Collision Avoidance Protocol: The protocol in [JLS96, ABL98] is implemented on top of an Ethernet-like medium such as the CSMA/CD protocol. It is to ensure an upper bound on the communication delay between the network nodes. It was designed and proved correct using Uppaal. The two main properties established show that the protocol is collision-free, and it does ensure an upper bound on the user-to-user communication delay (assuming a perfect medium).
Gearbox Controller: UPPAAL is applied to design and analyse a prototype gearbox controller for vehicles by Mecel AB[LPW98]. The gearbox controller is a component in the real-time distributed system that controls a modern car. The gear-requests from the driver are delivered via the man/machine interface over a communication network to the gearbox controller. The controller implements the actual gear change by actuating the lower level components of the system (such as the clutch, the engine and the gearbox). In the design of the controller, the symbolic simulator of Uppaal is applied to validate the system behavior. The correctness of the gear-box controller design is established by automatic proofs of 46 properties derived from requirements specified by Mecel AB.
LEGO® MINDSTROMSTM Systems - Control Program Synthesis: This work addresses the problem of synthesizing production schedules and control programs for a batch production plant model built in LEGO® MINDSTORMSTM RCXTM. A timed automata model of the plant is described that faithfully reflects the level of abstraction needed to synthesize control programs. This makes the model very detailed and complicated for automatic analysis. To solve this problem a general way of adding guidance to a model by augmenting it with additional guidance variables and transition guards is presented. Applying the technique makes synthesis of control problem feasible for a plant producing as many as 60 batches. In comparison, only two batches could be scheduled without guides. The synthesized control programs have been executed in the plant. Doing this revealed some model errors. See this web site for more details.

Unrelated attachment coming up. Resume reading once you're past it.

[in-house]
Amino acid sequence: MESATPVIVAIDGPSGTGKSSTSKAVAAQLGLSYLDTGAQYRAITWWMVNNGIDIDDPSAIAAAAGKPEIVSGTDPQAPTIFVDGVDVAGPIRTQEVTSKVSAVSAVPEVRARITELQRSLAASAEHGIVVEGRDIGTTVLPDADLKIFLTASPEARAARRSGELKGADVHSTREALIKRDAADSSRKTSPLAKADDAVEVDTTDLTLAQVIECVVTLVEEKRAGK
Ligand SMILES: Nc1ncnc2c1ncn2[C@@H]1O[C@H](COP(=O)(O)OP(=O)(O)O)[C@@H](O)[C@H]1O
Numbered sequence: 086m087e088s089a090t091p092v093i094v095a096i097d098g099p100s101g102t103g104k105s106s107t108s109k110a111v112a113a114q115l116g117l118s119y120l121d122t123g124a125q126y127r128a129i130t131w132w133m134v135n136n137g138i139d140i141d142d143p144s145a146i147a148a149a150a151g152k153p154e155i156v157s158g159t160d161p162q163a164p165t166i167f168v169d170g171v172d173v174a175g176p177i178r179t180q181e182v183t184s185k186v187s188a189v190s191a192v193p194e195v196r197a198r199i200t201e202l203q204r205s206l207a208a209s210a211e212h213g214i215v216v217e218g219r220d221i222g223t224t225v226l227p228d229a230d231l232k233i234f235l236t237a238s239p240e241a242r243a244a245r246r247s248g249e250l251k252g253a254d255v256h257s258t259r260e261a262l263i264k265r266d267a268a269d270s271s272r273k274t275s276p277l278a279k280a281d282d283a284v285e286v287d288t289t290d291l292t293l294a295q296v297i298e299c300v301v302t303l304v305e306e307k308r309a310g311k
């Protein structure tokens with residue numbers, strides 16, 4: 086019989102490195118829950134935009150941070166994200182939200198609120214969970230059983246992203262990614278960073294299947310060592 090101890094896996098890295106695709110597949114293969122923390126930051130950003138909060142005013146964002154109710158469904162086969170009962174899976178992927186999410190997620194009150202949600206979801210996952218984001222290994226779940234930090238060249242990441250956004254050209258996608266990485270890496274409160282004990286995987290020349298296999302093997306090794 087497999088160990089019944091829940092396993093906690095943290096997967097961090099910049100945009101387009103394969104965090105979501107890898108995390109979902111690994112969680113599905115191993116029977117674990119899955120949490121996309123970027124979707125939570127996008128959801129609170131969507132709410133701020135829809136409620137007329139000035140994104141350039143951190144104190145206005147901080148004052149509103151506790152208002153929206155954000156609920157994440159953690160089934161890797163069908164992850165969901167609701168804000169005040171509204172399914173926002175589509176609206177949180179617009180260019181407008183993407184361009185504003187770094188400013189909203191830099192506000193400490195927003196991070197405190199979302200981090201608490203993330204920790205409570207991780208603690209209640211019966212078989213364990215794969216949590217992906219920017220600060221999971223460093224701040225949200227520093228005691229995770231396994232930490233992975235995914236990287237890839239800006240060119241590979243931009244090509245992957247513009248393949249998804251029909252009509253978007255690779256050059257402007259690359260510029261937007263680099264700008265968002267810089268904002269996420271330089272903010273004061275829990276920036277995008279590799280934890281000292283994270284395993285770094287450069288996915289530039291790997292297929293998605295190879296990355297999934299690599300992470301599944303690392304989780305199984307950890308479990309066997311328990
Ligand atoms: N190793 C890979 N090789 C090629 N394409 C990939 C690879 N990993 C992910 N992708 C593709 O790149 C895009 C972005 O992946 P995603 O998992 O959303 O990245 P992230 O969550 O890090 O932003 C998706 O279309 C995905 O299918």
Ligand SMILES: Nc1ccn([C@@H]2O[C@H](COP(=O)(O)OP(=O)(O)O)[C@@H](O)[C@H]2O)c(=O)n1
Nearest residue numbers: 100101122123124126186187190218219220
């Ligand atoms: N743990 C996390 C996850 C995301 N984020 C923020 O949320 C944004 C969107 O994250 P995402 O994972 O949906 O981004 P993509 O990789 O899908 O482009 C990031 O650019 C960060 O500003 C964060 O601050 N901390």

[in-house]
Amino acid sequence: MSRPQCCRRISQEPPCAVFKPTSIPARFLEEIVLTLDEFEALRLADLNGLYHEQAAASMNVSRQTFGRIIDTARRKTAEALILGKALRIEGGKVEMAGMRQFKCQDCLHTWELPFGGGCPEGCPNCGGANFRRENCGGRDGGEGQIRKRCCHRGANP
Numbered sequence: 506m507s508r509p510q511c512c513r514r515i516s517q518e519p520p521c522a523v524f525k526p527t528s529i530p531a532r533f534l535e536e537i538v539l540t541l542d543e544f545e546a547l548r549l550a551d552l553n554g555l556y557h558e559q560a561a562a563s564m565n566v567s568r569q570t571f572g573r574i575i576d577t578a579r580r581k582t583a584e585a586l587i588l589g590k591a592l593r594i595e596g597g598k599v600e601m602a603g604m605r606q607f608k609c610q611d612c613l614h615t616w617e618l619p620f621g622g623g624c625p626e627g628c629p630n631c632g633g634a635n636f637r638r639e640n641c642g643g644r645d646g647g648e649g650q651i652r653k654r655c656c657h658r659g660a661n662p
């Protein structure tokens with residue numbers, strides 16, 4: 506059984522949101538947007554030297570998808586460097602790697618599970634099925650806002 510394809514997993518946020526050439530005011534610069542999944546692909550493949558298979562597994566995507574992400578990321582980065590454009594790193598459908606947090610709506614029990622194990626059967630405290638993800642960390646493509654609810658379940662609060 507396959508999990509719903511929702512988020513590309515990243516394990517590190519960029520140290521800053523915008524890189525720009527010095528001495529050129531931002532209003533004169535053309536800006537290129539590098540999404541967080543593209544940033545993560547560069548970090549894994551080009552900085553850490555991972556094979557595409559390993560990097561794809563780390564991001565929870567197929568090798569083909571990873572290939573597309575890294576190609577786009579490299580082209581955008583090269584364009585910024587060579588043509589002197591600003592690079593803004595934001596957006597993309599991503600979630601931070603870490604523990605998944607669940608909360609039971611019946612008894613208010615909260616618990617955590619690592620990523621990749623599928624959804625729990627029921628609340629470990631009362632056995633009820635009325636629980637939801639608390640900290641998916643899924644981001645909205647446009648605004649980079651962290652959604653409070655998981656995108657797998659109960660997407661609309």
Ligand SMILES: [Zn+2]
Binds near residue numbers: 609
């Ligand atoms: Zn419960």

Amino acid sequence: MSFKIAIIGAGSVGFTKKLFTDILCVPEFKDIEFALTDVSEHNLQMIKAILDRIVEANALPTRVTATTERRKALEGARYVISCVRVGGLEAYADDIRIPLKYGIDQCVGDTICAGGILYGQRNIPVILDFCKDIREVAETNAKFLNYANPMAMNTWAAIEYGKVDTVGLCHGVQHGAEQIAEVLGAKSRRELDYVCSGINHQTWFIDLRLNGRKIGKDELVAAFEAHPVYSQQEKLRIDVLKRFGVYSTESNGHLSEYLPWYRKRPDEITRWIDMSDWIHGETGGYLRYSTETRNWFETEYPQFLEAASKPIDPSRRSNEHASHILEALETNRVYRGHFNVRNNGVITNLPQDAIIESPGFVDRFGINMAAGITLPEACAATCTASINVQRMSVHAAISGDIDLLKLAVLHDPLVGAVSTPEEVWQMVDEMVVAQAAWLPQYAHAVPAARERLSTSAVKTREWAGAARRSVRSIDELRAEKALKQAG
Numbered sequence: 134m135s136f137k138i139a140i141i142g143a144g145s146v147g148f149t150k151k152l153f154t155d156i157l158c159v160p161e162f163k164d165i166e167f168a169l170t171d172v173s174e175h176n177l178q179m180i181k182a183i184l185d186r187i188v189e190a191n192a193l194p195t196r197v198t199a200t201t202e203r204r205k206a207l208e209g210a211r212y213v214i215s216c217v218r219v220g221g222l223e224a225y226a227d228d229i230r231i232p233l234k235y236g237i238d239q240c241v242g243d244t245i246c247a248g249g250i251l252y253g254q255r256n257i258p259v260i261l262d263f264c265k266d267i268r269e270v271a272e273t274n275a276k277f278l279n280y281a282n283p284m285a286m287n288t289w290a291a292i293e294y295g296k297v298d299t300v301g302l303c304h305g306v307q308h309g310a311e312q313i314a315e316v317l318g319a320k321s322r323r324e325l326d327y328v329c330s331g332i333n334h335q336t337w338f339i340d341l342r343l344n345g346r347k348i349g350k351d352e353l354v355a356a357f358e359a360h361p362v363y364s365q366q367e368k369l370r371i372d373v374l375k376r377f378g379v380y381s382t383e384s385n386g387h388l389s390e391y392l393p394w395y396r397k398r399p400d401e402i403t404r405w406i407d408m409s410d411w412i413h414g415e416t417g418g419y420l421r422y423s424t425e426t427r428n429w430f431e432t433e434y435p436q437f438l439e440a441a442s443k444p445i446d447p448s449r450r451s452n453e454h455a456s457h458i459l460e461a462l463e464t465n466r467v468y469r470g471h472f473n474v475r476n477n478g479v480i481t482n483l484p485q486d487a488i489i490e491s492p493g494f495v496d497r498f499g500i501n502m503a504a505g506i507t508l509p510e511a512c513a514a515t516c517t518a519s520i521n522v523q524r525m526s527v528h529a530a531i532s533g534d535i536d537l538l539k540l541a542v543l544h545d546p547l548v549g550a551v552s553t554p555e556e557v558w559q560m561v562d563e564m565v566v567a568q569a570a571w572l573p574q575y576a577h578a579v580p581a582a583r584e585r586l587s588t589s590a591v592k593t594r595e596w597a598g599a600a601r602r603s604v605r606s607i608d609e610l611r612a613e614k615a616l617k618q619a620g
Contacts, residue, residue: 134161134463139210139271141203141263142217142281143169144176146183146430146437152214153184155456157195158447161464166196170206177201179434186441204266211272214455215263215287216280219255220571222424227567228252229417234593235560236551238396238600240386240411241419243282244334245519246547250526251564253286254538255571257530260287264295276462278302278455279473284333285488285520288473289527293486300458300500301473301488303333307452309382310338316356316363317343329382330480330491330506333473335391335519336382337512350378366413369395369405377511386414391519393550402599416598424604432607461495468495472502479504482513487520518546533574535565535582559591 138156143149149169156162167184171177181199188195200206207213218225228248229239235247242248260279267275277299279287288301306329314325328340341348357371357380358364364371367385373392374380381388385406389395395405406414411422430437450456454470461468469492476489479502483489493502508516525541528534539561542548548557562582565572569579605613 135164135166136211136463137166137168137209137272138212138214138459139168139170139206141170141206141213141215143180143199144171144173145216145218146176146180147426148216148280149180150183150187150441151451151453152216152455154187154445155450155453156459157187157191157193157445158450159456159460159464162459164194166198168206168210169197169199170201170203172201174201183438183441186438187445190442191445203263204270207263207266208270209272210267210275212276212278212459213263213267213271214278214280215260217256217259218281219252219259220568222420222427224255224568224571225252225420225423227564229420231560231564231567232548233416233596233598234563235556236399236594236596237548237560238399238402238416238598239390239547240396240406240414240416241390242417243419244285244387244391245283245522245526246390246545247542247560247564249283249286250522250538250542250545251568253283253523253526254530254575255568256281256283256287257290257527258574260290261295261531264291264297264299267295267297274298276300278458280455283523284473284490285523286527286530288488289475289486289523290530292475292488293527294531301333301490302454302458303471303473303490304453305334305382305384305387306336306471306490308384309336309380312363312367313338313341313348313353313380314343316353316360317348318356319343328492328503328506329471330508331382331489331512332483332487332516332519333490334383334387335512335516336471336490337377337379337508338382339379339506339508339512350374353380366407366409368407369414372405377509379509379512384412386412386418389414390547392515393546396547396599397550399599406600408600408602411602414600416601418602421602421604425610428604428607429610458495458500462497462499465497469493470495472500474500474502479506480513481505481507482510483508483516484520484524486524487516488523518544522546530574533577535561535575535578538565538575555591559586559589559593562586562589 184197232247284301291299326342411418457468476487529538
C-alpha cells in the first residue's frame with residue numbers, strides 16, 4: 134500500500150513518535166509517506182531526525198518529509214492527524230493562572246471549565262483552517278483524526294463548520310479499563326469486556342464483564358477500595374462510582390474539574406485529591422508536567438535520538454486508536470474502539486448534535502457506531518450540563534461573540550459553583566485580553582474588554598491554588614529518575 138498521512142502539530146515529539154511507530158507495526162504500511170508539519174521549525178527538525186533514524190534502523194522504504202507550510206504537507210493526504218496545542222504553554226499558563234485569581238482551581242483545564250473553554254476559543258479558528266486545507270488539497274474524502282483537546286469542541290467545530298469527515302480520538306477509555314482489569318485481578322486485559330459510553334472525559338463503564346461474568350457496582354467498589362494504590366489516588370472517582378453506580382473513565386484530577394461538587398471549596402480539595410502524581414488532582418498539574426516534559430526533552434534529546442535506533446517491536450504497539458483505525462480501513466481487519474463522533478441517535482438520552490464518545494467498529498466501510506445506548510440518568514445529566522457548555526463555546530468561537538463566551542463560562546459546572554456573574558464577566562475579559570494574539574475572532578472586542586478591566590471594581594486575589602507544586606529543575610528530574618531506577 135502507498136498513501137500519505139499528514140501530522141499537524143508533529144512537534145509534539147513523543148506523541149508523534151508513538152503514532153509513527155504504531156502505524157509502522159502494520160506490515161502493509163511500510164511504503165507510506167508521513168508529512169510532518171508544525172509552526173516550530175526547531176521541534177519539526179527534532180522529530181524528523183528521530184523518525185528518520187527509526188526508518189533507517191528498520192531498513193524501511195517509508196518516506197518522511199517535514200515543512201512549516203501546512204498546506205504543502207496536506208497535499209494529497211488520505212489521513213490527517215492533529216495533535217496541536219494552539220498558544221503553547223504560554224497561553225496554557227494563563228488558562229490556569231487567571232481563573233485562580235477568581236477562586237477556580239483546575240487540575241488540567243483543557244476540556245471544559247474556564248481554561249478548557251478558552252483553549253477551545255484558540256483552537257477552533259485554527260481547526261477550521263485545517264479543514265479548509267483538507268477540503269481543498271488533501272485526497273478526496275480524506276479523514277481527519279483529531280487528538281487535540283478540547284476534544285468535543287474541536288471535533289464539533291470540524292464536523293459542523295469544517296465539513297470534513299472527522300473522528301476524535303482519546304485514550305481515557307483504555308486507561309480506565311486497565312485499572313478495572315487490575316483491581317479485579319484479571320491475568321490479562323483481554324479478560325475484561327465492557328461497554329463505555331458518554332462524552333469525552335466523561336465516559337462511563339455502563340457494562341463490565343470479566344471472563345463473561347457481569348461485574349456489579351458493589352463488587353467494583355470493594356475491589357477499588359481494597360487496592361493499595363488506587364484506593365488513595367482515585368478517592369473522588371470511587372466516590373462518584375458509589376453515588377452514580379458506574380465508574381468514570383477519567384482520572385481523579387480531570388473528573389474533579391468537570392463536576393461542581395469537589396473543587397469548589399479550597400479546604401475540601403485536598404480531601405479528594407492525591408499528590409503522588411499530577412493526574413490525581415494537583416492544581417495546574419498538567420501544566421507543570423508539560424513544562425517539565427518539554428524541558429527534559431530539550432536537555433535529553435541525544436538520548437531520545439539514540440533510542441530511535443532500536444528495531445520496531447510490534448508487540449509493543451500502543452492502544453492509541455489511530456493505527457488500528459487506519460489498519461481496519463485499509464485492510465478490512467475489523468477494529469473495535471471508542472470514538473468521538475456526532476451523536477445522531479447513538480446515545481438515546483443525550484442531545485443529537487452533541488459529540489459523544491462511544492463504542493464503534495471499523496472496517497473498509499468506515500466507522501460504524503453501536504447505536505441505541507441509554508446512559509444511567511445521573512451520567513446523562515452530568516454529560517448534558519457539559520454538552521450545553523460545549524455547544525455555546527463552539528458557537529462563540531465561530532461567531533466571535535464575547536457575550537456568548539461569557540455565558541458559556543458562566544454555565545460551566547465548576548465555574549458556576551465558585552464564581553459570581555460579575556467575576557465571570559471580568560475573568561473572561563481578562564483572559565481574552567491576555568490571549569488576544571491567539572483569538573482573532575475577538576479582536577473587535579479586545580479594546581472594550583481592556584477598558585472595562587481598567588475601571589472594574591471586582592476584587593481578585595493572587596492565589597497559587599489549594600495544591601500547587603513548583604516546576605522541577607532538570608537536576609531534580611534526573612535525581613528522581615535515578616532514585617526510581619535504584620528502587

Lip Synchronization Algorithm: The algorithm is used to synchronize multiple information streams sent over a communication network, in this case, audio and video streams of a multimedia application. In [BFKLM98], the previously published algorithm specification is modeled and verified in Uppaal. Interestingly, the verification reveals some errors in the synchronize algorithm, e.g. that deadlock situations may occur before pre-described error states are reached after an error.
Multimedia Stream: [BFM98] presents the specification and verification of a multimedia stream in Uppaal. Multimedia streams are the building blocks of distributed multimedia applications. They express continuous transmission of arbitrary media types, e.g. audio or video. The stream is described in the Uppaal model and then certain real-time properties (called quality of service properties in the multimedia domain) are verified in the model-checker. Verification of throughput and end-to-end latency is particularly focused on.